January 17, 1942 (vol. 5, iss. 2) • Page Image 4

…Page Four 'PF"RSPECT VE7SV . THEJFUNERAL ...By Jean Michael BEFORE the old woman died, she had told her husband how she wished her funeral. "They'll let my grandsons car- ry me, won't they, John?" she begged. The old man lowered his head so that she could not see the tears on his bony cheeks. He pressed lightly the hand that lay on the rumpled coverlet, but her wasted fingers were too feeble to respond to his. "I'll see to it, Anna," he pro...…

January 17, 1942 (vol. 5, iss. 2) • Page Image 5

… cPERSPEC TI VES Page Five INSIDE 1776 ... A Review, By Howard Peckham Secre History of the American Rev- olution, by Carl Van Doren, Viking, New York, 1941, 534 pp. $3.75. CARL VAN DOREN belongs to that all-too-small group of scholars who can also write well. Doubtless this talent is his be- cause he was first a professor of English, then an editor, critic and biographer, and lately a historian. His Pulitzer prize- winning biography of Be...…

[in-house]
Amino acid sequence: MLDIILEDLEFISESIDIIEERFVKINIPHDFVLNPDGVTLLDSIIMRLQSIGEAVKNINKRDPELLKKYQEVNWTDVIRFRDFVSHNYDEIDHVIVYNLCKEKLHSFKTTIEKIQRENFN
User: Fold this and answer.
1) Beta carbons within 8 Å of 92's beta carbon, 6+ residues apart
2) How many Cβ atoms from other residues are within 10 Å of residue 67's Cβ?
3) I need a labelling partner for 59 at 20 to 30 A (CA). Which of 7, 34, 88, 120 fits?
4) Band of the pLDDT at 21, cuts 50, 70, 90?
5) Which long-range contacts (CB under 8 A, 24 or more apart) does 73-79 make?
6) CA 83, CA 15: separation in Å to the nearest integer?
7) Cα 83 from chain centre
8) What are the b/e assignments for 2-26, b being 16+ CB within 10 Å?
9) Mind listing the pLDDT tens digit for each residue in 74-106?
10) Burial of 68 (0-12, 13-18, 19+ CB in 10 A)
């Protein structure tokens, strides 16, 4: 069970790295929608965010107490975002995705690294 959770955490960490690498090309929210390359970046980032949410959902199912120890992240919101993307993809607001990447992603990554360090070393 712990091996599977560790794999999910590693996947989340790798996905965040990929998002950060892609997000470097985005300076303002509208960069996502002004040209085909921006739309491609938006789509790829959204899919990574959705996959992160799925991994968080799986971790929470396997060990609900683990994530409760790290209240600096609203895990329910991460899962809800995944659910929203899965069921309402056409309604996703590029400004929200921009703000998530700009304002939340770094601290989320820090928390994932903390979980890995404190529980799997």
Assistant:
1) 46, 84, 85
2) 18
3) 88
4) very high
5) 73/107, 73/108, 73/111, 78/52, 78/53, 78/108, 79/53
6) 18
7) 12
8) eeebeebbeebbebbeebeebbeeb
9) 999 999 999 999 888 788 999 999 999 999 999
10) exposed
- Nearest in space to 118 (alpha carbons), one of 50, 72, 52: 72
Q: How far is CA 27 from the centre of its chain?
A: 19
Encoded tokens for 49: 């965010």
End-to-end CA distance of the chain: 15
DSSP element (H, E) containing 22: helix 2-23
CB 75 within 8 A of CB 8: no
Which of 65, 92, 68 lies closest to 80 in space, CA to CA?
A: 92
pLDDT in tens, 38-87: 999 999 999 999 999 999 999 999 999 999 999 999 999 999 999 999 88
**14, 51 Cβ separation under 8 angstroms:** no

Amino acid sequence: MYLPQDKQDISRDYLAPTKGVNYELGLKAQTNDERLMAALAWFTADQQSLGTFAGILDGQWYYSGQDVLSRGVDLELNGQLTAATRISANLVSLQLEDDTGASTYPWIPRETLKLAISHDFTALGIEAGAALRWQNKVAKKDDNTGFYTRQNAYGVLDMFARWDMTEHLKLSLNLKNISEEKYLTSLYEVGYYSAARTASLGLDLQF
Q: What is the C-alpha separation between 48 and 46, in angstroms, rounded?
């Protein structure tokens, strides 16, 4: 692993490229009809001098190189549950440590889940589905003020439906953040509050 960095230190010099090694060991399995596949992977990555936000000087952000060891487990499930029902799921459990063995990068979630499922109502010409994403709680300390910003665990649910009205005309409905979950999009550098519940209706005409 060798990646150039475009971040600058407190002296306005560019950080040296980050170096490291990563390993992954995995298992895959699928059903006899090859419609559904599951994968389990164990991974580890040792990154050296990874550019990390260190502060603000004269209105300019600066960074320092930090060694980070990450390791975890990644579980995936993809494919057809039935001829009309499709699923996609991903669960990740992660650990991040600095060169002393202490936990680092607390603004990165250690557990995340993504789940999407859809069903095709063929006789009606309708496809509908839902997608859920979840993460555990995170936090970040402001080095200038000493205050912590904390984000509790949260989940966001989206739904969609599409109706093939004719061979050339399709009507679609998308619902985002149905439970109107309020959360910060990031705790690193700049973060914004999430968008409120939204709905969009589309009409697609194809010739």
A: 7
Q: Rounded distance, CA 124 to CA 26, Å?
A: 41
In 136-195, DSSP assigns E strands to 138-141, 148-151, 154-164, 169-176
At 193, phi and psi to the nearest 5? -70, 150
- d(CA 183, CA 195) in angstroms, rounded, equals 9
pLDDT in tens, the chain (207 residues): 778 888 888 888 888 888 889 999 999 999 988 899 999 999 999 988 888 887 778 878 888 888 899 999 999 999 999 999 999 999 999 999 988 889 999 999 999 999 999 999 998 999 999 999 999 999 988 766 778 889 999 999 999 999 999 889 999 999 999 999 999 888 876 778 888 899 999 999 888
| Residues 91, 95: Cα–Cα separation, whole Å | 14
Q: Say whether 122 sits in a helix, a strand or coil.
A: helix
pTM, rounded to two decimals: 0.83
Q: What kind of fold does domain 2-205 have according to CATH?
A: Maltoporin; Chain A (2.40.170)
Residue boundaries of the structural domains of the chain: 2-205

January 17, 1942 (vol. 5, iss. 2) • Page Image 6

…Sage Sixg 'TERSPECTIVES TWO LYRICS FROM THE BLACK SPEAR (A serive of poems in progresses on the Negro and White heroes of tht anti-slavery struggle and Civil War.) 0# By Robert Hayden And now the words for which the fathers bled return to storm their children's souls with questions darker than Iscariot's "Lord, its it I?" What is this liberty? Is it so small a house, though builded by so many hands? Is it so barren a field, though planted w...…

January 17, 1942 (vol. 5, iss. 2) • Page Image 7